I’m 24 years old, I live in London, and I’ve gone through life without knowing the first thing about music. I love to listen to it — I’ve got a pretty big collection, and I go to gigs regularly. But how it’s made has always been one great big opaque mystery to me.

Both of my brothers play — saxophone and guitar, respectively — but the extent of my musical education was tapping out basic beats on a glockenspiel and learning the first few bars of “Neighbours” on the piano at school. So why did I take the plunge now? Well, there were a few reasons:

  • I wanted to challenge myself. 2016 was the start of my third year living in London. I’d settled into a routine, and wanted to add some variety to my life — and something that would push me in a new direction.
  • I wanted to do something totally new. Learning music for the first time isn’t like taking up a new team ball-sport, or an unusual arts-and-crafts activity. Music is an entirely new category of human endeavour I have never meaningfully engaged in before. That makes it pretty exciting — and intimidating.
  • I love music. Pretty self-explanatory. I hoped that learning an instrument for the first time would enrich my appreciation of the artform.

I also set myself a few goals — some strict, and some more nebulous.

  • Pass my Grade 1 piano exam by the end of 2016. If you’re not familiar with the system, you can take exams as you learn instruments, from Grade 1 through to Grade 8. A clear target of reaching Grade 1 by the end of the year would give me something to work towards, a way to measure my success or failure.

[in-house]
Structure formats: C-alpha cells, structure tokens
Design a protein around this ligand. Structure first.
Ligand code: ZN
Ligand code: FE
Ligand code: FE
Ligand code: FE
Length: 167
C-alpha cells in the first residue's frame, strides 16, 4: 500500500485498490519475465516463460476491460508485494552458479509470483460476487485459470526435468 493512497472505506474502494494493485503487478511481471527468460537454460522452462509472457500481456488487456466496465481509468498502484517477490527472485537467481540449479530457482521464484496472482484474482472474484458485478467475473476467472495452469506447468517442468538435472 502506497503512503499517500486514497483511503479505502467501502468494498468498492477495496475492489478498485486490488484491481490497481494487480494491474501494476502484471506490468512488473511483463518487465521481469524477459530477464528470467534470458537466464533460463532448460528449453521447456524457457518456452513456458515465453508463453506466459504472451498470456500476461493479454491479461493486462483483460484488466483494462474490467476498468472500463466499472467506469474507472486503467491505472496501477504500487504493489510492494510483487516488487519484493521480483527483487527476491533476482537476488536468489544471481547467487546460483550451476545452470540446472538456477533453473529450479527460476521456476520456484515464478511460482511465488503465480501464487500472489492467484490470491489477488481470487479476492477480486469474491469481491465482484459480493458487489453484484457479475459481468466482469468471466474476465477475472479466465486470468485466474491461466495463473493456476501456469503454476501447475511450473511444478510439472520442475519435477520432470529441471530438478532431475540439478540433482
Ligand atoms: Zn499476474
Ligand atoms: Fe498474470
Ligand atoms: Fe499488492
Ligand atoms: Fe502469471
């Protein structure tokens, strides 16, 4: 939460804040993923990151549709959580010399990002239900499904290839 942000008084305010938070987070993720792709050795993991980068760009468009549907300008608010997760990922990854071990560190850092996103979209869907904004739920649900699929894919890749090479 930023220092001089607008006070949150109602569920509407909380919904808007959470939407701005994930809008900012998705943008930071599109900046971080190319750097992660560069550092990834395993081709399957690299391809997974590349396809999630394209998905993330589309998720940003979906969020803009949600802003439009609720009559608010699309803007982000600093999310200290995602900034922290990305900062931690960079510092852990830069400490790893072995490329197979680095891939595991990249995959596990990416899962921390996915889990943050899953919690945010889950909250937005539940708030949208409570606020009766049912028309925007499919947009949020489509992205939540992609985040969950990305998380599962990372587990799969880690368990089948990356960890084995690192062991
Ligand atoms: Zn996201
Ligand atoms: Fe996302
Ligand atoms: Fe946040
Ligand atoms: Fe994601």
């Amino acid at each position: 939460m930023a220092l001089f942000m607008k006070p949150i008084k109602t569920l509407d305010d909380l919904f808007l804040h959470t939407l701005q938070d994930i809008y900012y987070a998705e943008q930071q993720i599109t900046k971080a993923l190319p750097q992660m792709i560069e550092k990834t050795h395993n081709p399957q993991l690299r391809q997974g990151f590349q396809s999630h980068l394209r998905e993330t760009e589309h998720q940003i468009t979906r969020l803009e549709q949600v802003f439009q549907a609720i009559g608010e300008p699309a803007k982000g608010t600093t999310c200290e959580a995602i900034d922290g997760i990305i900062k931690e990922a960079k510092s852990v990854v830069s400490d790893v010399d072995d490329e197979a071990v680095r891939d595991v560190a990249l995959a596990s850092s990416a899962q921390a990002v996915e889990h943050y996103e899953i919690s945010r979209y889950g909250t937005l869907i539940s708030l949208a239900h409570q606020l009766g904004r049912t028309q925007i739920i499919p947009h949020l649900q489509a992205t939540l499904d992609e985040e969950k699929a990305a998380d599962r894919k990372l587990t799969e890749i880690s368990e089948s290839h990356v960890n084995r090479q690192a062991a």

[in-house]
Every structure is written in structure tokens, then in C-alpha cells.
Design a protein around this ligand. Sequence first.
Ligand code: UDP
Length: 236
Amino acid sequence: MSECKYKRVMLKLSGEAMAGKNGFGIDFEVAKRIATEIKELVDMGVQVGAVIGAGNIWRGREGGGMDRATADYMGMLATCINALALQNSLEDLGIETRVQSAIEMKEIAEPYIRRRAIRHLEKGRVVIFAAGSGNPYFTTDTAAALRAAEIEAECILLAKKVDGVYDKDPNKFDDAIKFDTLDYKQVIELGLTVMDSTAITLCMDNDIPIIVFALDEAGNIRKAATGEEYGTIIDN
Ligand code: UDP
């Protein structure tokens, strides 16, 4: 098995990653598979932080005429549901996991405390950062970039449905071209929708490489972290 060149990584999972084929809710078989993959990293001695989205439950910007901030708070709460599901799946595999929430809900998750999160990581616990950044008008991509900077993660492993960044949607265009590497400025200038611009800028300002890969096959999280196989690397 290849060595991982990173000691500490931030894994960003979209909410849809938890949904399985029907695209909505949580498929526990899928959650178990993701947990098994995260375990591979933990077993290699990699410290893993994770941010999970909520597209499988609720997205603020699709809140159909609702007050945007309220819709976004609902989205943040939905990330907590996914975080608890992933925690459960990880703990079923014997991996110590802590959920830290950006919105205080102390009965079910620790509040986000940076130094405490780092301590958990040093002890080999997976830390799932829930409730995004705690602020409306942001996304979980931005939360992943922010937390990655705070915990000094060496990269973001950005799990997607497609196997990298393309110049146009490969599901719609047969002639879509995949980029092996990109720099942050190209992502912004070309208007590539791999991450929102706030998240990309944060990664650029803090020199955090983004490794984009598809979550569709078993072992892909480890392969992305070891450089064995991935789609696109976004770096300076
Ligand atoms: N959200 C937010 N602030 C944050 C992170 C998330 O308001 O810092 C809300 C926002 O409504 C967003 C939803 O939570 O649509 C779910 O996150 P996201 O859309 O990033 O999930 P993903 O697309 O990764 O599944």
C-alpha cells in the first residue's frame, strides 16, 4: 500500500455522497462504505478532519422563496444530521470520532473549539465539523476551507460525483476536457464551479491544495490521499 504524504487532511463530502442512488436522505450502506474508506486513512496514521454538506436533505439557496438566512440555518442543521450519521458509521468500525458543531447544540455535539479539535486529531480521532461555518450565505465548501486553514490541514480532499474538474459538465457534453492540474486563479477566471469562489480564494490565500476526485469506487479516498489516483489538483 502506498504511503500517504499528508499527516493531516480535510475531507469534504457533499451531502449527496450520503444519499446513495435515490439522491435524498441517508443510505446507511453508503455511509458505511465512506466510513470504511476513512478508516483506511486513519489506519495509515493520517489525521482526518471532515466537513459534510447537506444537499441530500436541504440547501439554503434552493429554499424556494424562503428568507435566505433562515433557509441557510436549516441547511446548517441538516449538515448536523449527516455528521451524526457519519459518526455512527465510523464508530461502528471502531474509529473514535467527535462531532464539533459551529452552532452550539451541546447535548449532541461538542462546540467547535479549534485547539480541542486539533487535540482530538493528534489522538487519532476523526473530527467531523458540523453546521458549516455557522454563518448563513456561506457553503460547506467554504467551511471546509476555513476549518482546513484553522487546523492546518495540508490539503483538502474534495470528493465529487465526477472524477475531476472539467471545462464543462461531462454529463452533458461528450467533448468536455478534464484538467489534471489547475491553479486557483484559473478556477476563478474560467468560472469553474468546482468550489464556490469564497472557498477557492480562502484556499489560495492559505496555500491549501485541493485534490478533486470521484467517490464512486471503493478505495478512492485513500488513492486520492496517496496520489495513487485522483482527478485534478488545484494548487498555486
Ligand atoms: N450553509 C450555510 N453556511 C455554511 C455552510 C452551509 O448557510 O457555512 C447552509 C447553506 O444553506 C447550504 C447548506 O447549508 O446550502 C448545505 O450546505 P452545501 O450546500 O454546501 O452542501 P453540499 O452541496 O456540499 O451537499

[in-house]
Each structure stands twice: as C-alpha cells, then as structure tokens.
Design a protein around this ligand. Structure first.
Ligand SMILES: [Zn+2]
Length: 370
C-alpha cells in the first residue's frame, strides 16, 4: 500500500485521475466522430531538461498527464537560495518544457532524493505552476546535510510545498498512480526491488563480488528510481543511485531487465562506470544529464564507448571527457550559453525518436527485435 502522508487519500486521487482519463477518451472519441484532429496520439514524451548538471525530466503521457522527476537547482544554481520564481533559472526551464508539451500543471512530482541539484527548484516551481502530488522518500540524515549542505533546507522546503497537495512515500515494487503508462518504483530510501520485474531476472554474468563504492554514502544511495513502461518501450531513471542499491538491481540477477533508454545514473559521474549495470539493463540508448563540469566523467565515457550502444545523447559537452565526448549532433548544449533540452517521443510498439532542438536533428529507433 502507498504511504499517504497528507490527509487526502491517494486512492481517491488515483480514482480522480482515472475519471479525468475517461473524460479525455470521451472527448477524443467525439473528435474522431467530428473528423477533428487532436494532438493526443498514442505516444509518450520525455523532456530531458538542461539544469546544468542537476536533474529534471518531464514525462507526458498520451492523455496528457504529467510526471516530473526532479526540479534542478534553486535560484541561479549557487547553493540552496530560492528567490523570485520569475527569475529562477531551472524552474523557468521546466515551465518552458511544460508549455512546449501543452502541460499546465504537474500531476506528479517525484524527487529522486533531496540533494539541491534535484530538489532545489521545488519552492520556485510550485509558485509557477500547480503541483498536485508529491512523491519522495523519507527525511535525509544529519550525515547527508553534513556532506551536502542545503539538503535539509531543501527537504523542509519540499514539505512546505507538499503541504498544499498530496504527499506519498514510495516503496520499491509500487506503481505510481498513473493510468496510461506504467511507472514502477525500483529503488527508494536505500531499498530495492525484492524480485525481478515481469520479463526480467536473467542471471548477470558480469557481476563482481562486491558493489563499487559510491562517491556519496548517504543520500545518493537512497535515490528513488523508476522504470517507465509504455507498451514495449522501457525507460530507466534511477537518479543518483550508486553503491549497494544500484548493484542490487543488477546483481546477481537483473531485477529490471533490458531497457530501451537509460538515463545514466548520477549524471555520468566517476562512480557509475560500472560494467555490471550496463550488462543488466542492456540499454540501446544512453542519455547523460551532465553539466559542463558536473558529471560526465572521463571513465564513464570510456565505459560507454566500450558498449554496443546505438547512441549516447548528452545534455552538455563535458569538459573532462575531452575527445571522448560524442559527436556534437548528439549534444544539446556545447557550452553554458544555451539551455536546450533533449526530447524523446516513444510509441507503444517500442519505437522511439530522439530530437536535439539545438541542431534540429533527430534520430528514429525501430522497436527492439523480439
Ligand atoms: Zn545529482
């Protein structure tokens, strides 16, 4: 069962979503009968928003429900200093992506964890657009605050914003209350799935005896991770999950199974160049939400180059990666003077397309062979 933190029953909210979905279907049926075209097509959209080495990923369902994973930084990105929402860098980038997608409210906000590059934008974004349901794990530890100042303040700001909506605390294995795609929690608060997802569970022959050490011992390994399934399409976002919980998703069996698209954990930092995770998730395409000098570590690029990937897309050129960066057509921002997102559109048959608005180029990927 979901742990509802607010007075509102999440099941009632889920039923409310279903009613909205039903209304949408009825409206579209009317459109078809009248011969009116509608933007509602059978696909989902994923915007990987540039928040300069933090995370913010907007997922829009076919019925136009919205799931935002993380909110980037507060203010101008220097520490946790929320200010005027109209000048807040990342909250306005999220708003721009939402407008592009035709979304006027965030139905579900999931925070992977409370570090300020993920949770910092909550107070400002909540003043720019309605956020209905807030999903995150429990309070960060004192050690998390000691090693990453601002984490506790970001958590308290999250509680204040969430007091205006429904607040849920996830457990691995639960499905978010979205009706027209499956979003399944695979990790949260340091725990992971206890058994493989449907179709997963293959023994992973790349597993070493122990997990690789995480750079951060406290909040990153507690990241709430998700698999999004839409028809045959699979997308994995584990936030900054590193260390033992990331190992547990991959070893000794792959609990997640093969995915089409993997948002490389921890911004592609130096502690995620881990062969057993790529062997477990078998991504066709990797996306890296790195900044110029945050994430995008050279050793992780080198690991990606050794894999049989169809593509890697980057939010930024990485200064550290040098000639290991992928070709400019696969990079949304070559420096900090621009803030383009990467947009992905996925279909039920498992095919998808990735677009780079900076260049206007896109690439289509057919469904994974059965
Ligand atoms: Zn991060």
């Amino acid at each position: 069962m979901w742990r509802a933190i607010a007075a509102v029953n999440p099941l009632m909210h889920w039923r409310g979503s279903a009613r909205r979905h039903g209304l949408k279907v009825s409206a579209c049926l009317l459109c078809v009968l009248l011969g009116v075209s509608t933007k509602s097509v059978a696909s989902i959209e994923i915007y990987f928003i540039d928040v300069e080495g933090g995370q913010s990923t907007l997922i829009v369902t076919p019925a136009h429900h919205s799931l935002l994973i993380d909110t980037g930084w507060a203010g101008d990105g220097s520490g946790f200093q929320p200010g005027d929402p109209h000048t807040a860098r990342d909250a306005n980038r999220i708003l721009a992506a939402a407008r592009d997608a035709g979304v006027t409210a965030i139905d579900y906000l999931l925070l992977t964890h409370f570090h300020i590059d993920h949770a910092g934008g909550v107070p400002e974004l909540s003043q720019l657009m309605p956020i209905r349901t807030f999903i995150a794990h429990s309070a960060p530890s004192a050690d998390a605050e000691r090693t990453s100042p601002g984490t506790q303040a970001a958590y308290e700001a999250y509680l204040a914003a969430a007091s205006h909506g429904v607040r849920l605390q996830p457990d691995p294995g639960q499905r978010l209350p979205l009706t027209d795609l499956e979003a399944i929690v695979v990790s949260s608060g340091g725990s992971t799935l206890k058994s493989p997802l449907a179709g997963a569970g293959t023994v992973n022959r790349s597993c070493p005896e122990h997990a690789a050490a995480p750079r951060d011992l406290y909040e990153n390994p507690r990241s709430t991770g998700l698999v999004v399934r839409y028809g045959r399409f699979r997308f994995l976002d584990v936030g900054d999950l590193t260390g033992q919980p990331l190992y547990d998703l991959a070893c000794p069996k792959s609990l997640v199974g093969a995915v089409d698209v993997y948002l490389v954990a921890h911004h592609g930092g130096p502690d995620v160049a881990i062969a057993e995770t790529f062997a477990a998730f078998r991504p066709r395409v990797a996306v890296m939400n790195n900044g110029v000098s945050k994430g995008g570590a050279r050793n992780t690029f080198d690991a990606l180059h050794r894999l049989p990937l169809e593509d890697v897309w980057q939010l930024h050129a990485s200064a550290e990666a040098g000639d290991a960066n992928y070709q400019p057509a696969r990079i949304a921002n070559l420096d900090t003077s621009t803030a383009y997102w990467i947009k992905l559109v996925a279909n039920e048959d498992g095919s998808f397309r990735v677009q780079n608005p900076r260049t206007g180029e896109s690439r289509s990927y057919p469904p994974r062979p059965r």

• Improve my knowledge of classical music. I had no strict timeframe for this, or a set point when it would be “completed.” But I’ve never known my Bach from my Beethoven, and I wanted to change that.
  • Learn “Metamorphosis II,” by Philip Glass. This was a longer-term goal, beyond 2016 — it’s a beautiful, flowing, and technically tricky bit of music that I wanted to work towards as I got better.

How did it all go? The short version is that it was fantastic — I’m extremely glad I did it, and I’d strongly urge to anyone thinking about taking up an instrument to do it, whatever your age.

It wasn’t all plain sailing, however.

Learning something new is a lesson in humility and patience

Note: The following sections go into some detail on what and how I learned. If you just want to know whether I passed the exam or not, skip down to the “arcane mystery” section below.

Let me make this clear: Piano is hard. Really hard. It requires you to think in a way you’ve never done before, juggling a thousand balls simultaneously. Interpret the music. Keep the tempo. Vary the volume. Move both hands independently of one-another. Make sure it all actually sounds good.

You know that brain-straining feeling when you try and multiply three three-digit numbers together? That’s what it felt like to be interpreting and playing music on the fly.

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It’s never too late to learn piano!

86 year old 1-1686-year-old piano student says passing grade one was a ‘pleasant surprise’

Read the article here

Or learn more about piano lessons for all ages here!